Libra to the west of Scorpius is Libra the Scales. In the past, Libra was part of Scorpius, forming the scorpion’s claws, however it was the Romans that separated Scorpius into the two distinct constellations we are familiar with today. The former association of Libra and Scorpius is reflected in the names of the two brightest stars in Libra – Zubenelgenubi and Zubeneschamali meaning ‘the southern claw’ and ‘the northern claw’ respectively.

Southern Cross (Crux) and the Pointer Stars slightly to the west of south, you will see the Pointers – Alpha and Beta Centauri. Follow the line of the Pointers down towards the south-west and there is the constellation Crux, better known to us as the Southern Cross.

Centaurus surrounding the Southern Cross on three sides is Centaurus, the centaur, said to represent the scholarly Chiron, tutor of many of the Greek gods and heroes. The Pointer Stars make up the front legs of the centaur.

The constellation Scorpius from a set of glass slides used for teaching at Sydney Observatory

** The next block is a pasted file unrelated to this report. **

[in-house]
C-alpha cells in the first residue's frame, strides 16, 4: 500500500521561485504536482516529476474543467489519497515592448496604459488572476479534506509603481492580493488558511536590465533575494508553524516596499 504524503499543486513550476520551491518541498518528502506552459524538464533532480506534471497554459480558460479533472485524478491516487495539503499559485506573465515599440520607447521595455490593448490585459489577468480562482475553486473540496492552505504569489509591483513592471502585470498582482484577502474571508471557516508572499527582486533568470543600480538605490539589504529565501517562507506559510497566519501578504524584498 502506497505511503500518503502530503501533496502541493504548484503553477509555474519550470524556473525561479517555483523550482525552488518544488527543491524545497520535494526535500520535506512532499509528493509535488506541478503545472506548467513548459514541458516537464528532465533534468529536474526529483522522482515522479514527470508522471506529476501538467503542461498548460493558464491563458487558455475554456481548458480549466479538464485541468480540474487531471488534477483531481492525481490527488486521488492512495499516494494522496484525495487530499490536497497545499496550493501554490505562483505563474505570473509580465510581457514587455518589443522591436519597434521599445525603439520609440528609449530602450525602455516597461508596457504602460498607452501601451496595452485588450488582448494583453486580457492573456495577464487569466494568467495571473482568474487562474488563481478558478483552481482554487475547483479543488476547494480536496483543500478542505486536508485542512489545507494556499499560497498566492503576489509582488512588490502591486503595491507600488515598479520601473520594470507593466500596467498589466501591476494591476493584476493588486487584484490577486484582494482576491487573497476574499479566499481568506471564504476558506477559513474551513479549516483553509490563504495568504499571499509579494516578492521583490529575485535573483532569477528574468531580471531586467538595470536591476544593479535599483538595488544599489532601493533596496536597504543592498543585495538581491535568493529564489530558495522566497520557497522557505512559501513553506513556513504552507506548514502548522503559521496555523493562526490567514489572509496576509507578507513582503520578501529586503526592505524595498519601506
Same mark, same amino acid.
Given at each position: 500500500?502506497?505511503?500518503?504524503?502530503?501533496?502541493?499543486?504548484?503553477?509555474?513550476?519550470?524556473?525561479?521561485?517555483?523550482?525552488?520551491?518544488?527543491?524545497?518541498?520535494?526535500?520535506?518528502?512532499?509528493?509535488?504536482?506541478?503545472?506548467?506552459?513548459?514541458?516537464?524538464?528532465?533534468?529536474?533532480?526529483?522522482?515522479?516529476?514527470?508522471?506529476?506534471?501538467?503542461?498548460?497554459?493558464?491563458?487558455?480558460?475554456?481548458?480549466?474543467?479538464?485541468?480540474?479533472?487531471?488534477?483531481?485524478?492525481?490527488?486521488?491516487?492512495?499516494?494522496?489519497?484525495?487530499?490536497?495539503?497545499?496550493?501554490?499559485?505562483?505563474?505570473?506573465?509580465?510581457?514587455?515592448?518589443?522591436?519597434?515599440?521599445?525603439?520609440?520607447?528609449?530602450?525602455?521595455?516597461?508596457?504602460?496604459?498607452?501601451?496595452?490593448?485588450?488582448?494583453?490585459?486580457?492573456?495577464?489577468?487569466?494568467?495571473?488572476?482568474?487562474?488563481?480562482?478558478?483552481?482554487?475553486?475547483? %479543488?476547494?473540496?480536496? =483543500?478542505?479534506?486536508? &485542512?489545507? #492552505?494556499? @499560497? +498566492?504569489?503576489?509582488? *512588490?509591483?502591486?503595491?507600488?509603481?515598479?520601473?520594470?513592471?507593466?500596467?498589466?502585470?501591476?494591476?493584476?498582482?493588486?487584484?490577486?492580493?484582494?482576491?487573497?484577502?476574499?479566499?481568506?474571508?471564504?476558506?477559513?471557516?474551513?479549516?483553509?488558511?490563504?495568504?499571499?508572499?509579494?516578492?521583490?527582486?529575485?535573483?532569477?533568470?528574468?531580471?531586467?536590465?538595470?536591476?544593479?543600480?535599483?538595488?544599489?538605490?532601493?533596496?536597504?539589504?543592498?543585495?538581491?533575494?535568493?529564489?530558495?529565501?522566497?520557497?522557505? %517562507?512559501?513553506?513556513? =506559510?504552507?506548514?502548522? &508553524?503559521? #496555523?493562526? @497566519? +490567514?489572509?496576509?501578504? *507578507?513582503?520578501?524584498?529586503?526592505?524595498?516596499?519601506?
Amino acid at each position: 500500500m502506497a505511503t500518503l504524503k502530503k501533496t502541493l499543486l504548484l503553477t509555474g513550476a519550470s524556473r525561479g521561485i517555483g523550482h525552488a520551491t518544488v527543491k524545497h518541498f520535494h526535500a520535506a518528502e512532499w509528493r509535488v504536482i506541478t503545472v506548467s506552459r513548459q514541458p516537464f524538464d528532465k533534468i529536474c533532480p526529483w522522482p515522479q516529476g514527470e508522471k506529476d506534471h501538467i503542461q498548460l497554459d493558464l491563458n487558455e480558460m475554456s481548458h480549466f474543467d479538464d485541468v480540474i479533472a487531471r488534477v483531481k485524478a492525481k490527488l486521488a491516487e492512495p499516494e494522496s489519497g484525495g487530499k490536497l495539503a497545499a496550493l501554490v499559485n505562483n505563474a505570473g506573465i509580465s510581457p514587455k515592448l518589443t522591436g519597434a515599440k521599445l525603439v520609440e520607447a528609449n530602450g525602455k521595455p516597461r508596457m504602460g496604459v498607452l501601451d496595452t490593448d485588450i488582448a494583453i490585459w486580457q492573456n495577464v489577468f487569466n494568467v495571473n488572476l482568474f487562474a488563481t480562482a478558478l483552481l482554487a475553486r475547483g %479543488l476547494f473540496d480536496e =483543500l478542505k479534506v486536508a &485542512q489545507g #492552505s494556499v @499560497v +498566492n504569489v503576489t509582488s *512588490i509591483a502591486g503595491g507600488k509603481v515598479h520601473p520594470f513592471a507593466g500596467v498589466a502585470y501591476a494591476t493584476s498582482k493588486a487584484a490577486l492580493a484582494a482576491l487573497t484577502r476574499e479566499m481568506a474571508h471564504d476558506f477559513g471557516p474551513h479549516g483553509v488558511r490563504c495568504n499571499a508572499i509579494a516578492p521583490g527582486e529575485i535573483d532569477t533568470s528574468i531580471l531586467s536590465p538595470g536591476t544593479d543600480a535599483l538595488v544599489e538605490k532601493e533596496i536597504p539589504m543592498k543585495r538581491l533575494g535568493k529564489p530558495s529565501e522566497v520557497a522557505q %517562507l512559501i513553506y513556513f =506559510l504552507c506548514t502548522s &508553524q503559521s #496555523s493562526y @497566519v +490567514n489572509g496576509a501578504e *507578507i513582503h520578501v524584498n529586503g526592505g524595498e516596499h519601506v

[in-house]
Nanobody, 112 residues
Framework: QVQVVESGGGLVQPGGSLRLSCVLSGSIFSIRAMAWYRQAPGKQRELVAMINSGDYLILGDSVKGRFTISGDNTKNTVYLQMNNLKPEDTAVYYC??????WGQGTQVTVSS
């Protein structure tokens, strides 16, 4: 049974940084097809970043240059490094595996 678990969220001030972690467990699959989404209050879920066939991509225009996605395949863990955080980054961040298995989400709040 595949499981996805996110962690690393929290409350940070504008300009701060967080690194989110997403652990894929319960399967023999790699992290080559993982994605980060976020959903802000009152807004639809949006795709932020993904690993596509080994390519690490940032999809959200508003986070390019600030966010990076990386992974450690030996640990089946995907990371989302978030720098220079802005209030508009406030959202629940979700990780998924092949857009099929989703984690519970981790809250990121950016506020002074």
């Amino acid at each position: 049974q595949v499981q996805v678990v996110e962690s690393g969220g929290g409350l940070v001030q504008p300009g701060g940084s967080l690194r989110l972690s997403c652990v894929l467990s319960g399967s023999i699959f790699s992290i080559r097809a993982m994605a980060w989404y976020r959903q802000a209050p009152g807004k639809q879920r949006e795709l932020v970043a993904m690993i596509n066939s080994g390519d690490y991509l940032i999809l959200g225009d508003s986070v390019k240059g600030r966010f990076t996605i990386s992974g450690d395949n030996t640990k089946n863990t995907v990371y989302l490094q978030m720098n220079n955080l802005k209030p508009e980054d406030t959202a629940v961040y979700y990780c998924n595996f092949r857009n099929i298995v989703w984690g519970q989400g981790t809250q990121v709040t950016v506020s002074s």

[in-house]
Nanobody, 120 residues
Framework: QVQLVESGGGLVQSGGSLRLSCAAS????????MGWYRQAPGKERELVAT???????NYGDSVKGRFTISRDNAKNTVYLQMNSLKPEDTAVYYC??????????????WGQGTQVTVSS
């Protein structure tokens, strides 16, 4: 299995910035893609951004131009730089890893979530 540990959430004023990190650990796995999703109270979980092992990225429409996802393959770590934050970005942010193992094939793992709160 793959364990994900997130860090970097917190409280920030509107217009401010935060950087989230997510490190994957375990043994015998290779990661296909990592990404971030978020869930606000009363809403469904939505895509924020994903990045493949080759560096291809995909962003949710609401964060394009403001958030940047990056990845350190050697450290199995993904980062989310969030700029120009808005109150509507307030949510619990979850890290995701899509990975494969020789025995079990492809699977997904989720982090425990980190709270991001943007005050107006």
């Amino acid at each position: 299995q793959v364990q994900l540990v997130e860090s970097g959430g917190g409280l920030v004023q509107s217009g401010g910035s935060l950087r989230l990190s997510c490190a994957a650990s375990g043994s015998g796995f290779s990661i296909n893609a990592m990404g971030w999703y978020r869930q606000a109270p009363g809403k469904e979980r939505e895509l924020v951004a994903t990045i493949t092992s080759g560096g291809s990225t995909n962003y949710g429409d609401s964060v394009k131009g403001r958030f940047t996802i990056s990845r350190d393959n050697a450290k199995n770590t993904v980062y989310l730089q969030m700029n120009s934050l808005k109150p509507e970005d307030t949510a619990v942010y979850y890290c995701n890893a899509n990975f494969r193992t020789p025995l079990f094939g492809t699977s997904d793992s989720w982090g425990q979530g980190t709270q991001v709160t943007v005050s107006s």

Object No. 85/59-9/144


This month, Mercury, Mars and Saturn are in the evening sky while Venus and Jupiter are best seen in the early morning.

Mercury is low in the western sky after sunset in the constellation of Leo, briefly passing through the corner of sextans and then back into Leo. By the end of the month, it is almost lost completely in sunset.

Venus is an evening planet for the first half of the month, setting just after the Sun does. For the second half of the month, it becomes visible in the morning sky, rising just before the Sun. Venus begins the month in the constellation Leo, before moving into Cancer in the middle of the month.

Mars the red planet is in the western evening sky, starting in the constellation Leo before moving into Virgoin the second half of the month. On18 August and 19 August, Mercury, Mars and the crescent Moon make an impressive trio in the western sky.